How to create a multilingual bot
If your website gets visitors who speak different languages, it’s a good idea to use the Multilanguage feature – the language packs you add will translate your widget’s texts. You can read about that feature here.
However, to make your bot work in more than one language, it will need to detect the visitors’ browser settings and base its actions on that. A multilingual bot is another step in interacting with your customers all over the world!
Such a bot needs to have the ‘Language’ condition placed after its trigger, and before the rest of the content. The method can be used for every bot, as long as the condition is added and the paths connected properly. This article will show you how to configure it all step by step.
Adding the ‘Language’ condition
To allow your bot to detect the visitor’s specific language preferences, you need to add the ‘Language’ condition. It can be found in the Conditions menu on the right.
Once added, it’s time to adjust the ‘Language’ node and connect everything as needed. Below you can read about two different examples: when your bot just needs two language versions, and when it needs three or more.
A bot for two different languages
When you click on the ‘Language’ condition, you need to select a language that you want the bot to check for. In addition to that, select if you need the language to equal or not equal to a specific position in the available list. The bot can carry out two different actions depending on the visitor’s browser language, and you connect those actions by dragging the “yes” and “no” lines from the condition.
In the example below, the condition checks if the language is equal to Polish. It then connects with the ‘Send a chat message’ action through a “yes” connection – as a result, the bot will send the custom Polish message if the detected language is Polish. There is a second message set up, connected with the “no” line – this message will be sent if the visitor is using any other language as the default in their browser. In the majority of cases, this is English.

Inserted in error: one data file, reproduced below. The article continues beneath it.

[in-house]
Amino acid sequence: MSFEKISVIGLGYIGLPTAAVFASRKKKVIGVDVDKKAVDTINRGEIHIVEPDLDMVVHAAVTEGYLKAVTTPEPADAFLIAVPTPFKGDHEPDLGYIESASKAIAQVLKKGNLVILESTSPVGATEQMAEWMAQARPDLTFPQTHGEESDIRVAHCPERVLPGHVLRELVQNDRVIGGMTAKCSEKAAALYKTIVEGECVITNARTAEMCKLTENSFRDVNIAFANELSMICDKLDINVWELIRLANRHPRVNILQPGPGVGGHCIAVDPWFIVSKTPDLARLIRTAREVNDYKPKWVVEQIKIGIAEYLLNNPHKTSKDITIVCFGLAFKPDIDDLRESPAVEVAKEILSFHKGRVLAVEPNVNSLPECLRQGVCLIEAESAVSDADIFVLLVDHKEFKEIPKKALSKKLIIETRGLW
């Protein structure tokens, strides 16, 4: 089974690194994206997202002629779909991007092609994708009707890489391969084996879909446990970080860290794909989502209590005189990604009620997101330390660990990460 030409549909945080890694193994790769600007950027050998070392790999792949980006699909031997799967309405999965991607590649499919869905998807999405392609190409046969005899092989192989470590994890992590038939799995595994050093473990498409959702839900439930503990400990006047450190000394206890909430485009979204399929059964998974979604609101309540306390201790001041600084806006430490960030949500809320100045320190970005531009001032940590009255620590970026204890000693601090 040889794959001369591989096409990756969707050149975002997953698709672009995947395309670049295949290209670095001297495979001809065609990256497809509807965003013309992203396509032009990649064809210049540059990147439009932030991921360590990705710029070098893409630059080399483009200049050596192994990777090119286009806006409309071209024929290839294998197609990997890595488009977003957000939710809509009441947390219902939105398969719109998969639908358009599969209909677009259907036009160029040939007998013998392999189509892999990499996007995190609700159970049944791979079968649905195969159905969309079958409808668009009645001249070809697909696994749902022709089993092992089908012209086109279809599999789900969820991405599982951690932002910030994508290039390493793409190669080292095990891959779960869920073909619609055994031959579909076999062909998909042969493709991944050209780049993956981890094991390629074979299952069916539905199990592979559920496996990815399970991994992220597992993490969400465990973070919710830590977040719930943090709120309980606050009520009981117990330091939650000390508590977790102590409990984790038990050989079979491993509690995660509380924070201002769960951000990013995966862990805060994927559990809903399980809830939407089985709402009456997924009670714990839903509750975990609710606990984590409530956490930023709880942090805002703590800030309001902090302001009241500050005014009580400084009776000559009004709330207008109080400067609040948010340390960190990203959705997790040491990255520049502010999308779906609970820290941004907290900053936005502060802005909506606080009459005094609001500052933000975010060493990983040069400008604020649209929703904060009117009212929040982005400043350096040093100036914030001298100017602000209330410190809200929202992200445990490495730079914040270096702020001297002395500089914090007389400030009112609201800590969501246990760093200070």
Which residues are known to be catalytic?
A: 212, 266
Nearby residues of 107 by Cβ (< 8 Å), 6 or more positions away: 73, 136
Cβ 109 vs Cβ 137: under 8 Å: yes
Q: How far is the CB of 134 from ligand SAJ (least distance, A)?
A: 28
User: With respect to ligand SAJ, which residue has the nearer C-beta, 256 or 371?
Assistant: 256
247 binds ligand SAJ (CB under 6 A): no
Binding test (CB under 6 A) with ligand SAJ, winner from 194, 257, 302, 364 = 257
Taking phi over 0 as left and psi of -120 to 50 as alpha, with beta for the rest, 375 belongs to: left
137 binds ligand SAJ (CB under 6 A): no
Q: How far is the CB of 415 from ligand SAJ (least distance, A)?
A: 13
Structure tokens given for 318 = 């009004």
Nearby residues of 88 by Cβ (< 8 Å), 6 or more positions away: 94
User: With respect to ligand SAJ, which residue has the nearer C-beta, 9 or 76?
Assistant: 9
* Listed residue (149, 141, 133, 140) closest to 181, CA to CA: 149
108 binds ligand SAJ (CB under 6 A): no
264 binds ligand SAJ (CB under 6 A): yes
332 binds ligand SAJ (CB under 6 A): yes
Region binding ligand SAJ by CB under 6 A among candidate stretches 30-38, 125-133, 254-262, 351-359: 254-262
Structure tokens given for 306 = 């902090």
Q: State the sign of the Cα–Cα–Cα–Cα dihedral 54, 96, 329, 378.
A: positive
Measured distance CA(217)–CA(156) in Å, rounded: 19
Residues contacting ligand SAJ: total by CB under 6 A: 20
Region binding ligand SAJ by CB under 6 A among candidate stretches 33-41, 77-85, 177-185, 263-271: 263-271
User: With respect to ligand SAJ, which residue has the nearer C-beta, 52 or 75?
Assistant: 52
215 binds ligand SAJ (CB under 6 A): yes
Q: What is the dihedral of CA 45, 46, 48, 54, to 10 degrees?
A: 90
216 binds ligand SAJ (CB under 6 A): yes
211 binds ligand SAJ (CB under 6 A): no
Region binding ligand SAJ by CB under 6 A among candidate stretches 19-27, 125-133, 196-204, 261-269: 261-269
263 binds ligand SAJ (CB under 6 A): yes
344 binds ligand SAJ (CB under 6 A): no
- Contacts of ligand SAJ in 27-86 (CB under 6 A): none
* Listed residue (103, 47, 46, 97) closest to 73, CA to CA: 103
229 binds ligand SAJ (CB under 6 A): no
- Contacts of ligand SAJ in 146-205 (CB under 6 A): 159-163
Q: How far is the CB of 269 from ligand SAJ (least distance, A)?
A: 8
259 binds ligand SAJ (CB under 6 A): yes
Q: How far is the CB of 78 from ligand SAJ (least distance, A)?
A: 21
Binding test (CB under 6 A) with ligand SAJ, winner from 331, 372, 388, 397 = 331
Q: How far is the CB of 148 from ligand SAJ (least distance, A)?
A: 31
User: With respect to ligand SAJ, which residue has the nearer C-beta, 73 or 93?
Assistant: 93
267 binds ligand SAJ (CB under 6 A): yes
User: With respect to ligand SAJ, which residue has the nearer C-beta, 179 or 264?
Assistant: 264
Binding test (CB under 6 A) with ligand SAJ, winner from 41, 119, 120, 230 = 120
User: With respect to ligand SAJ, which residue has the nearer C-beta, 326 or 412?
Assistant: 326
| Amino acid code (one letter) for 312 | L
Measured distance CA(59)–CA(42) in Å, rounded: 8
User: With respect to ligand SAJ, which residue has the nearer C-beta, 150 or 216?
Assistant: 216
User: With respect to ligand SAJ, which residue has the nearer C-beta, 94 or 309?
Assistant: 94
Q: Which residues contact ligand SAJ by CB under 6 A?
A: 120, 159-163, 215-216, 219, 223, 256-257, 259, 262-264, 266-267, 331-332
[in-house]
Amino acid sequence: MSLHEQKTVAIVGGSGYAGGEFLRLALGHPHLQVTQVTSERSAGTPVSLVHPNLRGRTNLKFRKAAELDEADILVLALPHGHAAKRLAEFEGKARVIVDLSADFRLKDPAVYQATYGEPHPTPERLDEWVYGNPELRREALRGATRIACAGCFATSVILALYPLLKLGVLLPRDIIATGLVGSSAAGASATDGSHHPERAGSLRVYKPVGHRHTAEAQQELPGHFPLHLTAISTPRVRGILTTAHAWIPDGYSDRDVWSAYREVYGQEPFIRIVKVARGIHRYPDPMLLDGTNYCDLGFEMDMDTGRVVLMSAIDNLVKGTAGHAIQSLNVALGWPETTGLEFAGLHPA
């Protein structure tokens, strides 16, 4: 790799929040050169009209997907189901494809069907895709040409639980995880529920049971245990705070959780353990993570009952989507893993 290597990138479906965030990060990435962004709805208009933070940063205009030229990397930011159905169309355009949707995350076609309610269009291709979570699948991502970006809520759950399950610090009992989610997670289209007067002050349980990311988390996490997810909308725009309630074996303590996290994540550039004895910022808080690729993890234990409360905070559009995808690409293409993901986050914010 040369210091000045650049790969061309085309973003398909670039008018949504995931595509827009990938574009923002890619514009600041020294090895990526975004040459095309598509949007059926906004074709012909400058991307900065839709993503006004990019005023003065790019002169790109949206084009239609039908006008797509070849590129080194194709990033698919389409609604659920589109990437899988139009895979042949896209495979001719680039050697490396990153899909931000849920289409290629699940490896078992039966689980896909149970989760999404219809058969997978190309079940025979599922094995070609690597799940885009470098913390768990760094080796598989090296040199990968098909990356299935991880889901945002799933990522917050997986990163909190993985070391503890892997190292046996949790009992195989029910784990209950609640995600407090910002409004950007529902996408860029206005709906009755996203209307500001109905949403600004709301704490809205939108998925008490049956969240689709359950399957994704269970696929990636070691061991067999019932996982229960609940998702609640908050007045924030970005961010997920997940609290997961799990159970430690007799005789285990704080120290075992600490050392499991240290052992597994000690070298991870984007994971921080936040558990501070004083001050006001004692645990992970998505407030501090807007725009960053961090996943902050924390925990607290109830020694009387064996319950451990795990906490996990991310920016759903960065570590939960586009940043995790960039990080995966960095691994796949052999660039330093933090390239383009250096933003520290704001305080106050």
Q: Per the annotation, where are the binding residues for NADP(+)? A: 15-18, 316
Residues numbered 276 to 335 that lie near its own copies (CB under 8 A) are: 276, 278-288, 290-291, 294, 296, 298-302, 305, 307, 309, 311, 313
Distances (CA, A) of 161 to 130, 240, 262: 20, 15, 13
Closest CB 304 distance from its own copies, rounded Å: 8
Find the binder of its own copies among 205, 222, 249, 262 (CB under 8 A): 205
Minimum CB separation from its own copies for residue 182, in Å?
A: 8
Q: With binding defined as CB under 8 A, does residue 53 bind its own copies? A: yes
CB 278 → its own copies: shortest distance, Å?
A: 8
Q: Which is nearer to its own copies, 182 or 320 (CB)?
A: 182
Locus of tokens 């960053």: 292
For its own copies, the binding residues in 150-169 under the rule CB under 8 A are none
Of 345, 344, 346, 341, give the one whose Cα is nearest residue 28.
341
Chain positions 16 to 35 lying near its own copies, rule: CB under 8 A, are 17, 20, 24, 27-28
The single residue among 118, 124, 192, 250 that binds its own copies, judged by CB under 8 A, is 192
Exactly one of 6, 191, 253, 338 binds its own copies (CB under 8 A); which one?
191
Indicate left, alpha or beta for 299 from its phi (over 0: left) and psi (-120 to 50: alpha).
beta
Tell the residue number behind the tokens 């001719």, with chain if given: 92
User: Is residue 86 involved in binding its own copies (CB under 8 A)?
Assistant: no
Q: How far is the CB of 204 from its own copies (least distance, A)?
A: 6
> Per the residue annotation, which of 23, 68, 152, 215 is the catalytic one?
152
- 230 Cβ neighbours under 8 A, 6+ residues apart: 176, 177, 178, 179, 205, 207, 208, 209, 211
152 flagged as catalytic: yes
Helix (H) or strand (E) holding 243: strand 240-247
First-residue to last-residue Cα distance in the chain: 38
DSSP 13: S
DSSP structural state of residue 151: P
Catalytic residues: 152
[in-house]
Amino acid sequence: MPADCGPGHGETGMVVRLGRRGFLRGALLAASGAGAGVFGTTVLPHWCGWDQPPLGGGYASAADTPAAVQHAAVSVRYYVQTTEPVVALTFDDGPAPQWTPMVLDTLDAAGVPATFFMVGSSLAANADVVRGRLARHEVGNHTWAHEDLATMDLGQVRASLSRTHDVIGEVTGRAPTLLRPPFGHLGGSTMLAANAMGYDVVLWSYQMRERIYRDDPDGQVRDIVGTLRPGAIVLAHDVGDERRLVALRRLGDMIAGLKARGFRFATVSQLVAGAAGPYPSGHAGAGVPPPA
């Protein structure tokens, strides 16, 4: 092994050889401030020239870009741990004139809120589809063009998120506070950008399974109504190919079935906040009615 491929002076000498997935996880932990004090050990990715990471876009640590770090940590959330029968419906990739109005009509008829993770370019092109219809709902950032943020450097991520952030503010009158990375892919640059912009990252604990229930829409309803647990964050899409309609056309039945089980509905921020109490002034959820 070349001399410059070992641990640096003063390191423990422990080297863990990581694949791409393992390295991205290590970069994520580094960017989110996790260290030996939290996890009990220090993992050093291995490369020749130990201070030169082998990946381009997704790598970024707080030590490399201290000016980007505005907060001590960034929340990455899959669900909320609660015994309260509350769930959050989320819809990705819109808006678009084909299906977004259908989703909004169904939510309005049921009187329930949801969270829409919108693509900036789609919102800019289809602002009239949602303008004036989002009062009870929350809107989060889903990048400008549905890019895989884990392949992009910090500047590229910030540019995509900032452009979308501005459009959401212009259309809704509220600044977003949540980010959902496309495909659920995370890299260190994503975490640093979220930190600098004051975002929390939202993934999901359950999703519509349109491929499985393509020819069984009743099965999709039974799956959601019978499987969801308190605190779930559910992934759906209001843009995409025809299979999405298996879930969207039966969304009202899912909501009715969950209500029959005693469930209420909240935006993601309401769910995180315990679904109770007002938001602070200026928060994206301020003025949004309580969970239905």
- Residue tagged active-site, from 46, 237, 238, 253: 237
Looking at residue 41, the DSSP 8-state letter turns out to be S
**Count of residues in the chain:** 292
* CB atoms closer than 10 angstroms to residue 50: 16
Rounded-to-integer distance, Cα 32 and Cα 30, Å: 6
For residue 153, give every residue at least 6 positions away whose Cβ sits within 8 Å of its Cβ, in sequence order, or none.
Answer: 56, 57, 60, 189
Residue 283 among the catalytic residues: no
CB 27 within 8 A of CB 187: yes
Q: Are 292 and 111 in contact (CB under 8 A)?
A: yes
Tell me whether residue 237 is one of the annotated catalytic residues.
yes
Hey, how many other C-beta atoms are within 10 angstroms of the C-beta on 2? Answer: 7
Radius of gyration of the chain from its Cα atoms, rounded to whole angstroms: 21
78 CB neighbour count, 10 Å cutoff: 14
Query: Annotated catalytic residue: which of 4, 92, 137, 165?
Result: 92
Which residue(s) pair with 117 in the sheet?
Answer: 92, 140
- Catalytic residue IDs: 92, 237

Naturally, your bot doesn’t have to be limited to just sending a single translated message; it can go much further and include many other nodes and connections, according to what you need. For the purposes of a multilingual bot, he only important thing is to use a properly set ‘Language’ condition and to create two different paths for two different scenarios (“yes” and “no”). This will ensure that both groups of visitors receive similar (or identical) paths, the only difference being the translation.
A bot for three languages (or more)
When you want to create a bot that supports more than two languages – you just need to add more ‘Language’ conditions, and connect them similarly as before. In the example below, each additional condition checks if the visitor’s language is equal to a specific position from the list.
The bot from the example can send a message in Polish, Dutch, or Spanish – if that’s the visitor’s browser setting. If none of the languages is detected – the default message will be sent (in English, in this case).
If you need your bot to include more language versions, you can add more ‘Language’ conditions in place of the English ‘Send a chat message’ action from the screenshot above. This way, you can create a bot that will be able to carry out actions based on many more languages!
If you need anything else regarding the Multilingual bot – feel free to contact us!